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hunger-games-mockingjay-part-2-jennifer-lawrence

The Movie (and series as a whole)

“Ladies and Gentlemen, welcome to the seventy-sixth Hunger Games.”

I’ve had a very rocky relationship with the Hunger Games series as a whole. I personally thought the first film was a complete mess when it came to its camera work, editing and direction that left it in almost an unwatchable state with its shakey-cam and quick cuts (to avoid an R rating). Luckily the following film, Catching Fire, addressed and fixed all of the issues from the first film giving it a great footing to continue the rest of the series. I even saw it twice in theatres, including an IMAX screening that was really great visually and worked perfect for that format.

Sadly it would seem that the series peaked too early and what we have left is Mockingjay (parts one and two) to clumsily tie the story together and wrap it up. Whoever is in charge with splitting these films, please only apply it to when it really needs it, cause this certainly didn’t need it. If there’s one thing I hated about part one, it would be the multitude of scenes where pretty much nothing happened, and could have been cut and nothing would have been missed. While it did leave on a good cliffhanger for part two, I barely remember part one due to it being so damn bland. After reading about the directors original intentions on where to break the film in half, I would have loved the bigger cliffhanger. It would have been incredibly ballsy.

Here’s a brief summary to anyone who hasn’t been watching these films for the past four years: With the events of Part One now over, Katniss Everdeen, the girl on fire, must now be the figurehead of the revolution and invade the Capital to overthrow President Snow in a battle that will decide the future of Panem.

So now here we are at Part Two of the Mockingjay films and going in, I’m already tired of the Katniss storyline and would honestly rather see the events unfolding from another point of view. It even shows in Jennifer Lawrence’s performance, as it is very clear she is ready to move on, due to her sounding and looking bored in nearly every scene. One of the master strokes that the film could have shown, was the actual revolution happening and how many lives were at stake in the many battles, but unfortunately we are delegated to Katniss and going in after all the important events have happened with shot after shot of war torn streets to walk through.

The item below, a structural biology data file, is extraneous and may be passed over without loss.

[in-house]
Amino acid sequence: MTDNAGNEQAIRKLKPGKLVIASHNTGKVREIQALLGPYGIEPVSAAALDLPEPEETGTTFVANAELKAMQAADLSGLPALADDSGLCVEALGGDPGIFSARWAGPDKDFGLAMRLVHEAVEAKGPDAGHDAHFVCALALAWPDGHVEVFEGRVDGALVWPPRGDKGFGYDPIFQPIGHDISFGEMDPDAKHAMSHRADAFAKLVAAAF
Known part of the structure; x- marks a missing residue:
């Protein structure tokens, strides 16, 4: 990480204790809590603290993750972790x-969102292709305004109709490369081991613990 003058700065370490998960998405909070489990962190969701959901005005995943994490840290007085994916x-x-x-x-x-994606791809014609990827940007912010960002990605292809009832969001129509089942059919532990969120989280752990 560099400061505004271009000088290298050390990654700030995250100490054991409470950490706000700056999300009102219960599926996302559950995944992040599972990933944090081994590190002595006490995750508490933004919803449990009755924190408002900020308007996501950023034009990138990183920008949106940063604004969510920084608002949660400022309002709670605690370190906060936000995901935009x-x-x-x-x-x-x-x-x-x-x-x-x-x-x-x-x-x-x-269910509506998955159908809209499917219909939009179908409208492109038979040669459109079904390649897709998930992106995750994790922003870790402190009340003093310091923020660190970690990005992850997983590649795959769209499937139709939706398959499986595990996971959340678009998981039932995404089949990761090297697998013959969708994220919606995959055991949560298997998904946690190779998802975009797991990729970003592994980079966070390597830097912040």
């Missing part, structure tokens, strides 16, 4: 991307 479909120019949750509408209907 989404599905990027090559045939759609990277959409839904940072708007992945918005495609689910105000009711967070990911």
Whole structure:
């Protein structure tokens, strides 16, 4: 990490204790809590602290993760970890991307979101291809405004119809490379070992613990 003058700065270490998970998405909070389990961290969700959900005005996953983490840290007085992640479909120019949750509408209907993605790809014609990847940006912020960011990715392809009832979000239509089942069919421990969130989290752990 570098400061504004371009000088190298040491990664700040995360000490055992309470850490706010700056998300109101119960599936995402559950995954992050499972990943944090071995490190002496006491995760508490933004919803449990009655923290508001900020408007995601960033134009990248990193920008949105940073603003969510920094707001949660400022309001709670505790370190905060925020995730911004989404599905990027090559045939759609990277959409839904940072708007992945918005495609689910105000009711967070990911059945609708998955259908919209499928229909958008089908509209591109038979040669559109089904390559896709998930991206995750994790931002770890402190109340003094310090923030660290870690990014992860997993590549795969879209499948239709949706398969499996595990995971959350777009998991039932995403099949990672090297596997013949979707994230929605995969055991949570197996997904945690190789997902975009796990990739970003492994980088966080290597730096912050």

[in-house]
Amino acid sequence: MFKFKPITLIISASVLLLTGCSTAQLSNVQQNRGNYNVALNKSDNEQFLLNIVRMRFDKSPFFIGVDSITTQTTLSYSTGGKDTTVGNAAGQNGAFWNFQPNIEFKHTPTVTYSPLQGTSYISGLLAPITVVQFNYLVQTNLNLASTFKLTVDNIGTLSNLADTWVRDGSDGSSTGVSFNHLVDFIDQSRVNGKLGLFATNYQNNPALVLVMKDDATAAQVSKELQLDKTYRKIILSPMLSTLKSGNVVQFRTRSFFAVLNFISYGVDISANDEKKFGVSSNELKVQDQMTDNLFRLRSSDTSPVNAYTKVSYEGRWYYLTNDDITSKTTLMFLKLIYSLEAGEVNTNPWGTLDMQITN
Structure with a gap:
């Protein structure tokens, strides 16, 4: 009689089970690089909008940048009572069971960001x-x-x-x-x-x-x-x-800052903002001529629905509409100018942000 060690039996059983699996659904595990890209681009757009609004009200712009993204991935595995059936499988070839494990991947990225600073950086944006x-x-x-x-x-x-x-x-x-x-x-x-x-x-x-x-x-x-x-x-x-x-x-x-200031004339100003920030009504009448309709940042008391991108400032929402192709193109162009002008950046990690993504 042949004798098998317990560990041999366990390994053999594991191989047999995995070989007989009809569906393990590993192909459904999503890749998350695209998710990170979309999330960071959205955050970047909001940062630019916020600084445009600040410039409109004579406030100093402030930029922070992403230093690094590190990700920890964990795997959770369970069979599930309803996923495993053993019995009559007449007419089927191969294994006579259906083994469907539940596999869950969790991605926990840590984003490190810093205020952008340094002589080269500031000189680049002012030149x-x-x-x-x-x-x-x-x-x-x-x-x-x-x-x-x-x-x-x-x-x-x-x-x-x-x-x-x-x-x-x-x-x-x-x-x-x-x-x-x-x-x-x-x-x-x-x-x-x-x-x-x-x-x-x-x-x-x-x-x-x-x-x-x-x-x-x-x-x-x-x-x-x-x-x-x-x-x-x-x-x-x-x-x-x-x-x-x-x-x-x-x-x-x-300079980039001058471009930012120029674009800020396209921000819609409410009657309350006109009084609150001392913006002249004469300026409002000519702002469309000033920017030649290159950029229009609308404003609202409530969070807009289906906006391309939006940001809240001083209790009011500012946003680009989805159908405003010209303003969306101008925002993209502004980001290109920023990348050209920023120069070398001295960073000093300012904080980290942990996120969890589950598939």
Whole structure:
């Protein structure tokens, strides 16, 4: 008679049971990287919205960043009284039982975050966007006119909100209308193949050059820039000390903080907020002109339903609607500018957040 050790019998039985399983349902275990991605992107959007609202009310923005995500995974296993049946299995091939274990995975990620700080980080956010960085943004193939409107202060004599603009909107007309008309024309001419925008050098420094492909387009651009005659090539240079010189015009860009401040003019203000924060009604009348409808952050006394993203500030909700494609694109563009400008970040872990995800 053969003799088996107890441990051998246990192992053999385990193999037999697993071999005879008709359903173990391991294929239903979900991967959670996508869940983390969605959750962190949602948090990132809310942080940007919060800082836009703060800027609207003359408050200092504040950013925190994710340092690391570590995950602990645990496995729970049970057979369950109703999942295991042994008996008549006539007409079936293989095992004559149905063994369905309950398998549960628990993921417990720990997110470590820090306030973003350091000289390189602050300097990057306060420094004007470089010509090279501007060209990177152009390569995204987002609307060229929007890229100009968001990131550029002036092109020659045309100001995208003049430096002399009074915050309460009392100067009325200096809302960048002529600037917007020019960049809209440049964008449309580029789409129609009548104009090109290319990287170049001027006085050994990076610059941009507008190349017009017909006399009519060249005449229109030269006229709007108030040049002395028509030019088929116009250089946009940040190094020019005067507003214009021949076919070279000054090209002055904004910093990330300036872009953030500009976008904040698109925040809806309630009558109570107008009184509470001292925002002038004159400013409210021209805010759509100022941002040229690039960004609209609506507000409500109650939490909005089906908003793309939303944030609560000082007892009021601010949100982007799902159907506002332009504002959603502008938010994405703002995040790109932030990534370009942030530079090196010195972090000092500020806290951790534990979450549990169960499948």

The whole film feels like a video game with its level after level of traps and bad guys to avoid with a boss thrown in here and there to spice it up, but unfortunately someone else has the controller and wont let you just kill Peeta. It should be noted that I have not read any of the source material and have stayed away from spoilers as much as possible before seeing the film and it came off to me like it was in a huge rush to do as much as possible, since it was the ending. Nothing ever felt organic, but merely felt like a checklist that had to be completed before they could move on to the next event. I know some people might be happy to see the book come to life on the screen, but I thought the purpose of an adaptation was to translate and improve upon the source material when necessary, not to just wade through it.

The Hunger Games Saga is a rocky one with it being just passable, with one real highlight in the entire four-film run. Would I recommend it? I guess, but it’s definitely not something to go out of one’s way to see. I feel like in twenty to thirty years this will be remade for a new audience and in a better way to not be as dull.

The series as a whole: 5/10
Mockingjay Part 2: 5.5/10

The Video

“I’ve been watching you, and you watching me.”